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Hershman DL, Unger JM, Greenlee H, et al. Effect of Acupuncture vs Sham Acupuncture or Waitlist Control on Joint Pain Related to Aromatase Inhibitors Among Women With Early-Stage Breast Cancer: A Randomized Clinical Trial. JAMA. 2018;320(2):167–176. doi:10.1001/jama.2018.8907
Does acupuncture reduce joint pain related to aromatase inhibitors among postmenopausal women with early-stage breast cancer?
In this multicenter randomized clinical trial of 226 women with early-stage breast cancer, patients in the acupuncture group, compared with those in the sham acupuncture group or the waitlist control group, had significant reductions in changes in joint pain scores from baseline to 6 weeks (between-group difference vs sham acupuncture, 0.92 points and 0.96 points vs the waitlist control group [0- to 10-point scale]).
Acupuncture was associated with statistically significant reductions in aromatase inhibitor–related joint pain at 6 weeks, although the magnitude of the improvement was of uncertain clinical importance.
Musculoskeletal symptoms are the most common adverse effects of aromatase inhibitors and often result in therapy discontinuation. Small studies suggest that acupuncture may decrease aromatase inhibitor–related joint symptoms.
To determine the effect of acupuncture in reducing aromatase inhibitor–related joint pain.
Design, Setting, and Patients
Randomized clinical trial conducted at 11 academic centers and clinical sites in the United States from March 2012 to February 2017 (final date of follow-up, September 5, 2017). Eligible patients were postmenopausal women with early-stage breast cancer who were taking an aromatase inhibitor and scored at least 3 on the Brief Pain Inventory Worst Pain (BPI-WP) item (score range, 0-10; higher scores indicate greater pain).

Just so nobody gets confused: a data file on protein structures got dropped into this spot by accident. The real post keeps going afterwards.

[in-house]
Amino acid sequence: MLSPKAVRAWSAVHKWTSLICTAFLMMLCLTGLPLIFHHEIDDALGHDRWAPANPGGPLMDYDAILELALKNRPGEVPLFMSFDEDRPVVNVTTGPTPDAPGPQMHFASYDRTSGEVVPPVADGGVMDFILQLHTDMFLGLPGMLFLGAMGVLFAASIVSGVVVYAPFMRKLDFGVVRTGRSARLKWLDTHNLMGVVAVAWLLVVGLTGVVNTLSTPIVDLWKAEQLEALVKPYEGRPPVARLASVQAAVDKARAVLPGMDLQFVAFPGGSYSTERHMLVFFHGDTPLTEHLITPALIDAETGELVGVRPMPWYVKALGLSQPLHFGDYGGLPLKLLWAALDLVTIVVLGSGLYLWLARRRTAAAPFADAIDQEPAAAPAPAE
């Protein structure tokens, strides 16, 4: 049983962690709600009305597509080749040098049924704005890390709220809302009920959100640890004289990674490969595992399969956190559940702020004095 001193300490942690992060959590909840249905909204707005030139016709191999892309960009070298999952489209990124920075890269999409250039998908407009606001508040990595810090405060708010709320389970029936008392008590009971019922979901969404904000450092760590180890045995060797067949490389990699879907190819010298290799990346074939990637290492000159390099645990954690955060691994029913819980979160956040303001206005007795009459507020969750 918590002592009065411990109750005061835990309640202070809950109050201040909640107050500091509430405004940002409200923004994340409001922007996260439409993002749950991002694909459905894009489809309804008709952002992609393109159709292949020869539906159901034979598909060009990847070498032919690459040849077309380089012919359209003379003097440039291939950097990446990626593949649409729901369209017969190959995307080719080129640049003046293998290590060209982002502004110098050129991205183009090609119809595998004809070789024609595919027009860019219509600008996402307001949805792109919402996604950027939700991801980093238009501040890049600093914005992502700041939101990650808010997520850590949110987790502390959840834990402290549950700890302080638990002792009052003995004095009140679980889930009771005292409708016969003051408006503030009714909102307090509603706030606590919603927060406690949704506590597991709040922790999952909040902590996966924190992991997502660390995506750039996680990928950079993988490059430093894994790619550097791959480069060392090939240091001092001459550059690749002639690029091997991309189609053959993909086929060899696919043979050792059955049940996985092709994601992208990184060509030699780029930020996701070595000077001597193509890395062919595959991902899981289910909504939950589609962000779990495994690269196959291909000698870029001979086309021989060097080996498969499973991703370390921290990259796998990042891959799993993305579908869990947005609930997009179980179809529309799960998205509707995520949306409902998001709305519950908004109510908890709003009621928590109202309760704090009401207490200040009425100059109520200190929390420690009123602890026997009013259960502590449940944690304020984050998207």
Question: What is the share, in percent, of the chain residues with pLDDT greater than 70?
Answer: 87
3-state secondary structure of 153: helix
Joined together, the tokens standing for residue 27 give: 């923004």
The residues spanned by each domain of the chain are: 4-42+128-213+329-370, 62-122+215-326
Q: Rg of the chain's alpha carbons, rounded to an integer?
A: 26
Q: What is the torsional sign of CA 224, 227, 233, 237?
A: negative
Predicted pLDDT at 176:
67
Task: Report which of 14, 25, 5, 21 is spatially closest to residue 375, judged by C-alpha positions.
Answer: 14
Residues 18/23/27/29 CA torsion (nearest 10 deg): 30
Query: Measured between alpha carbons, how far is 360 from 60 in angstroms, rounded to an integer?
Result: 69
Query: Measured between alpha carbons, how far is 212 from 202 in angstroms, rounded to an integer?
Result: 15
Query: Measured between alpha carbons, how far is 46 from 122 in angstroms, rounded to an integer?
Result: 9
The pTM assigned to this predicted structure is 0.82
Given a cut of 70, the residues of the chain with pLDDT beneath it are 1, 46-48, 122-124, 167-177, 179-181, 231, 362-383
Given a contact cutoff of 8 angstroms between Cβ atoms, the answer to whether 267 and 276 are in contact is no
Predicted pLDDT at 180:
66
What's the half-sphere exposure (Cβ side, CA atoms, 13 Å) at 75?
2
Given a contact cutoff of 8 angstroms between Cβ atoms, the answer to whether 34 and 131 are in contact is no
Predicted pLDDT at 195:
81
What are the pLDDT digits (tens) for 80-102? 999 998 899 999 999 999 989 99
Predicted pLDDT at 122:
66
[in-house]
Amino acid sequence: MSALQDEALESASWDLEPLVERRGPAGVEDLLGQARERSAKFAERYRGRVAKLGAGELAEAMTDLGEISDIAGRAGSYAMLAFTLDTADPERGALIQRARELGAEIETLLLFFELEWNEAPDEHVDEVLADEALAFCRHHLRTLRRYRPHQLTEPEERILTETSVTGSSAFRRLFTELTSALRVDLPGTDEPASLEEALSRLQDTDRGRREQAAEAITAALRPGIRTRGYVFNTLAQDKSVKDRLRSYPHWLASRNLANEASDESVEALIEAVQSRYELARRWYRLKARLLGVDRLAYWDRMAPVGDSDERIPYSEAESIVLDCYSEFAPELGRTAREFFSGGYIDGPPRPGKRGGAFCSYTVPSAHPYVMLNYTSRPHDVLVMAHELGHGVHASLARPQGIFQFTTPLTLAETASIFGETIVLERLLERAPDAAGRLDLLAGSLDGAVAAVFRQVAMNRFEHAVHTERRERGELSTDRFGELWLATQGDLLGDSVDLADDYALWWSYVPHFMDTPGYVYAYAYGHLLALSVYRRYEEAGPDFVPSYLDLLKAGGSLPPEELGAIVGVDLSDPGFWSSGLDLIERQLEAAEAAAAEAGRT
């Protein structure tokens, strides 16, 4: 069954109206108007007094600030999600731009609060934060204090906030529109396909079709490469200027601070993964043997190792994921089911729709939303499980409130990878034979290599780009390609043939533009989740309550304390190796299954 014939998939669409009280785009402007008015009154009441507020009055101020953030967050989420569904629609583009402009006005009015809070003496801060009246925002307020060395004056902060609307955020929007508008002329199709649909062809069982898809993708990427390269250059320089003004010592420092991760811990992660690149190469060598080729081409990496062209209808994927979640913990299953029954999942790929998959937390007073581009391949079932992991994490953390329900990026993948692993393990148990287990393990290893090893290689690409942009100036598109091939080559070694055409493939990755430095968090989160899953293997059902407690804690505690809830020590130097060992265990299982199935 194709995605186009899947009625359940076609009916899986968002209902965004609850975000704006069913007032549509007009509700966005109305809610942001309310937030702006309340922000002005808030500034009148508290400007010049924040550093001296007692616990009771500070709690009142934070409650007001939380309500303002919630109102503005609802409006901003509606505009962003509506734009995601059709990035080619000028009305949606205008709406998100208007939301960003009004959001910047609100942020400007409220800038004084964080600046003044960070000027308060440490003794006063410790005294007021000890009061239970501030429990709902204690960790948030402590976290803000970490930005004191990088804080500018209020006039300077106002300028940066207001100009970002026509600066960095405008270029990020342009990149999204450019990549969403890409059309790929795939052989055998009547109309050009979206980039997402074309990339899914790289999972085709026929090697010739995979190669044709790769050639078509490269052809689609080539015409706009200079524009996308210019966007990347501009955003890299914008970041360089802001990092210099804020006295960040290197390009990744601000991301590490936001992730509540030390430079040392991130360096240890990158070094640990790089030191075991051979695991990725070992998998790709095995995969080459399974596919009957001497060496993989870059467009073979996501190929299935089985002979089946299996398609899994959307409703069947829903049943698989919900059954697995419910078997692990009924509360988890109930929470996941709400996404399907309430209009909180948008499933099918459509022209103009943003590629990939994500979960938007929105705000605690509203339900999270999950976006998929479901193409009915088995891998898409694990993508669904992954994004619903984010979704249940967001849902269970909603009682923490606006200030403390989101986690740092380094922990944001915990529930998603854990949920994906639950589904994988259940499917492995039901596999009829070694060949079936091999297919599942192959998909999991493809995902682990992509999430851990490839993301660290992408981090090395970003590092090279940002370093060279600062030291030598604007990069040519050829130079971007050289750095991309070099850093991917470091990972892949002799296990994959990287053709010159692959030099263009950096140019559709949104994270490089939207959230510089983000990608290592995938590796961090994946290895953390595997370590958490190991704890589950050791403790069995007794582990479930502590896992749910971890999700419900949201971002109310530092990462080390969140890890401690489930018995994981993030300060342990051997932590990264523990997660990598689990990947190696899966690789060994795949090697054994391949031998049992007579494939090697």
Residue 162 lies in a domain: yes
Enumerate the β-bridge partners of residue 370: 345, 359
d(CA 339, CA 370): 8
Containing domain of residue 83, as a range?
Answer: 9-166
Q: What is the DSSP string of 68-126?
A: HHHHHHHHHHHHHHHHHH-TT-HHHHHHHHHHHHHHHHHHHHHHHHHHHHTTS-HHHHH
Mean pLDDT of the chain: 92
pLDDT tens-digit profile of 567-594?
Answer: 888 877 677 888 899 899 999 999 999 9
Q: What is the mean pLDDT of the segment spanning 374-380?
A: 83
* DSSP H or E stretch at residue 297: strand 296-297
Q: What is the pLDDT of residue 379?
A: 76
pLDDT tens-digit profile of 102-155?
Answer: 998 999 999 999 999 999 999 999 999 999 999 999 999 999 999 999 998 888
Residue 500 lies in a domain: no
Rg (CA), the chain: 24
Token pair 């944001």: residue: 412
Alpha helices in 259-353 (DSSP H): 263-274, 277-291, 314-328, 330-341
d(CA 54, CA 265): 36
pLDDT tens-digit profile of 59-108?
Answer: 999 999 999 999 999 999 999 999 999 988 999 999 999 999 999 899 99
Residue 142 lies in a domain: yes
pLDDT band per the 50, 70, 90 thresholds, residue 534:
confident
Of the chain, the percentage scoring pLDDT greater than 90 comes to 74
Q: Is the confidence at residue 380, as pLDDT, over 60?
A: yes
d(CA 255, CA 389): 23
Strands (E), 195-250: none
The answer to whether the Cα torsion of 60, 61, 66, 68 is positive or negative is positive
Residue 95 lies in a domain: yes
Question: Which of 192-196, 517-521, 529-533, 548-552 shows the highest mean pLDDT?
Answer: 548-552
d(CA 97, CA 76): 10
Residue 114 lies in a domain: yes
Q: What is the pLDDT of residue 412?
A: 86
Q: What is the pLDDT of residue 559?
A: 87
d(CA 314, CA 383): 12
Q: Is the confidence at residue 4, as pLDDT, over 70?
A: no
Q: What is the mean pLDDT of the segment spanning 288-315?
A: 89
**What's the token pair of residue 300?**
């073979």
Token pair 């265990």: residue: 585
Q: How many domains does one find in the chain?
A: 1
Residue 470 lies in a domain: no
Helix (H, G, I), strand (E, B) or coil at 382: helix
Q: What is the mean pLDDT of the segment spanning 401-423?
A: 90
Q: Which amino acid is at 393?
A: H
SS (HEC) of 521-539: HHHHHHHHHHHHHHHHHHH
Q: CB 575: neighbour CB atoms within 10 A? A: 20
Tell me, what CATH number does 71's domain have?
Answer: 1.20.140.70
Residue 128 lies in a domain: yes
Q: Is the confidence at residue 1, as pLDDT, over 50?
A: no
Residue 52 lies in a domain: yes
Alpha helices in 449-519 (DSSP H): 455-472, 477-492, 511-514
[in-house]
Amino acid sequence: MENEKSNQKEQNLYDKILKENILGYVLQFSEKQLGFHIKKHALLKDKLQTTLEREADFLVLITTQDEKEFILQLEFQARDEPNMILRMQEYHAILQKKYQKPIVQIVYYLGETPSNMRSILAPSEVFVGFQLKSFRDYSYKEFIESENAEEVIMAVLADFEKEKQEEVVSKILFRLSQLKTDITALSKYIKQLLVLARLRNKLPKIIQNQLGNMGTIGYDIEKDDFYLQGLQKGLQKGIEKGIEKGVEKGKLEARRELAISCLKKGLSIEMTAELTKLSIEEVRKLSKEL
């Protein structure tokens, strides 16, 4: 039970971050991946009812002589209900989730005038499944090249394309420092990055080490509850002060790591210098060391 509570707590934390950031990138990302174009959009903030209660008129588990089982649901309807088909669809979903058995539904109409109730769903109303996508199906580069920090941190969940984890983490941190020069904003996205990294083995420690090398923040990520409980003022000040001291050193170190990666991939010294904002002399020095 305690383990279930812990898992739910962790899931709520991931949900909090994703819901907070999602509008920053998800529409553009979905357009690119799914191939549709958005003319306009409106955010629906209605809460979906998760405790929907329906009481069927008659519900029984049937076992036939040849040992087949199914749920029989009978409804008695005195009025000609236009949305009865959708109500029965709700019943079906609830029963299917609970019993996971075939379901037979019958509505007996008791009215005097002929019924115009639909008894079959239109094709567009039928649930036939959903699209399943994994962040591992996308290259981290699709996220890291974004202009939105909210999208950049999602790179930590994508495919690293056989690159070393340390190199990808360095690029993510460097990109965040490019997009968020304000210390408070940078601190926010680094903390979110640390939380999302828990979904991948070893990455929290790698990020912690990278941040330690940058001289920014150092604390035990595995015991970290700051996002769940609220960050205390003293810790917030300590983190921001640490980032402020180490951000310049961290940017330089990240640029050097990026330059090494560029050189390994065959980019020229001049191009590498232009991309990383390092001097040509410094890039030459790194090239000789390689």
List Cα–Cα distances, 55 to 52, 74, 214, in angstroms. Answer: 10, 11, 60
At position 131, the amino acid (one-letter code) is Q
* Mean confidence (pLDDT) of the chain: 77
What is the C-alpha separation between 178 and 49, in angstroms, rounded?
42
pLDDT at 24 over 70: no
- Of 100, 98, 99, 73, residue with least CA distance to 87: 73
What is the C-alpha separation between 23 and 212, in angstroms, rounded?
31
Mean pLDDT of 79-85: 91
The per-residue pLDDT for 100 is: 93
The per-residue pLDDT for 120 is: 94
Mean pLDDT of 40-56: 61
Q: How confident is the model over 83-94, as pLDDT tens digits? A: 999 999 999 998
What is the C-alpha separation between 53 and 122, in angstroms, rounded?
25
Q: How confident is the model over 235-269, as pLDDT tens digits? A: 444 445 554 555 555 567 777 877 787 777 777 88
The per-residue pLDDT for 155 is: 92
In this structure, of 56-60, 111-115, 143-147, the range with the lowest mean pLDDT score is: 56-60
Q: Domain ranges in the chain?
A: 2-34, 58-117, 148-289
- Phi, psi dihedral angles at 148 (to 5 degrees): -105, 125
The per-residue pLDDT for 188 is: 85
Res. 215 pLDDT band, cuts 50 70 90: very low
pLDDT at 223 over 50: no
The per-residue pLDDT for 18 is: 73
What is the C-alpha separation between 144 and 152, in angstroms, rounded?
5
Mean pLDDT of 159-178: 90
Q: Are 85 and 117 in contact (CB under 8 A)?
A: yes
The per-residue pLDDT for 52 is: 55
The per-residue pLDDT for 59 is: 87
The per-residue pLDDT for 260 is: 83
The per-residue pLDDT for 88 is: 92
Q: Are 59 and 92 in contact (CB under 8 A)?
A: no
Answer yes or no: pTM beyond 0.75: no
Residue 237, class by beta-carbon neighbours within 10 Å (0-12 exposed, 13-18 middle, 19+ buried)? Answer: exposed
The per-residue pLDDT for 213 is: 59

Patients were randomized 2:1:1 to the true acupuncture (n = 110), sham acupuncture (n = 59), or waitlist control (n = 57) group. True acupuncture and sham acupuncture protocols consisted of 12 acupuncture sessions over 6 weeks (2 sessions per week), followed by 1 session per week for 6 weeks. The waitlist control group did not receive any intervention. All participants were offered 10 acupuncture sessions to be used between weeks 24 and 52.
Main Outcomes and Measures
The primary end point was the 6-week BPI-WP score. Mean 6-week BPI-WP scores were compared by study group using linear regression, adjusted for baseline pain and stratification factors (clinically meaningful difference specified as 2 points).
Among 226 randomized patients (mean [SD] age, 60.7 [8.6] years; 88% white; mean [SD] baseline BPI-WP score, 6.6 [1.5]), 206 (91.1%) completed the trial. From baseline to 6 weeks, the mean observed BPI-WP score decreased by 2.05 points (reduced pain) in the true acupuncture group, by 1.07 points in the sham acupuncture group, and by 0.99 points in the waitlist control group. The adjusted difference for true acupuncture vs sham acupuncture was 0.92 points (95% CI, 0.20-1.65; P = .01) and for true acupuncture vs waitlist control was 0.96 points (95% CI, 0.24-1.67; P = .01). Patients in the true acupuncture group experienced more grade 1 bruising compared with patients in the sham acupuncture group (47% vs 25%; P = .01).
Conclusions and Relevance
Among postmenopausal women with early-stage breast cancer and aromatase inhibitor–related arthralgias, true acupuncture compared with sham acupuncture or with waitlist control resulted in a statistically significant reduction in joint pain at 6 weeks, although the observed improvement was of uncertain clinical importance.
ClinicalTrials.gov Identifier: NCT01535066
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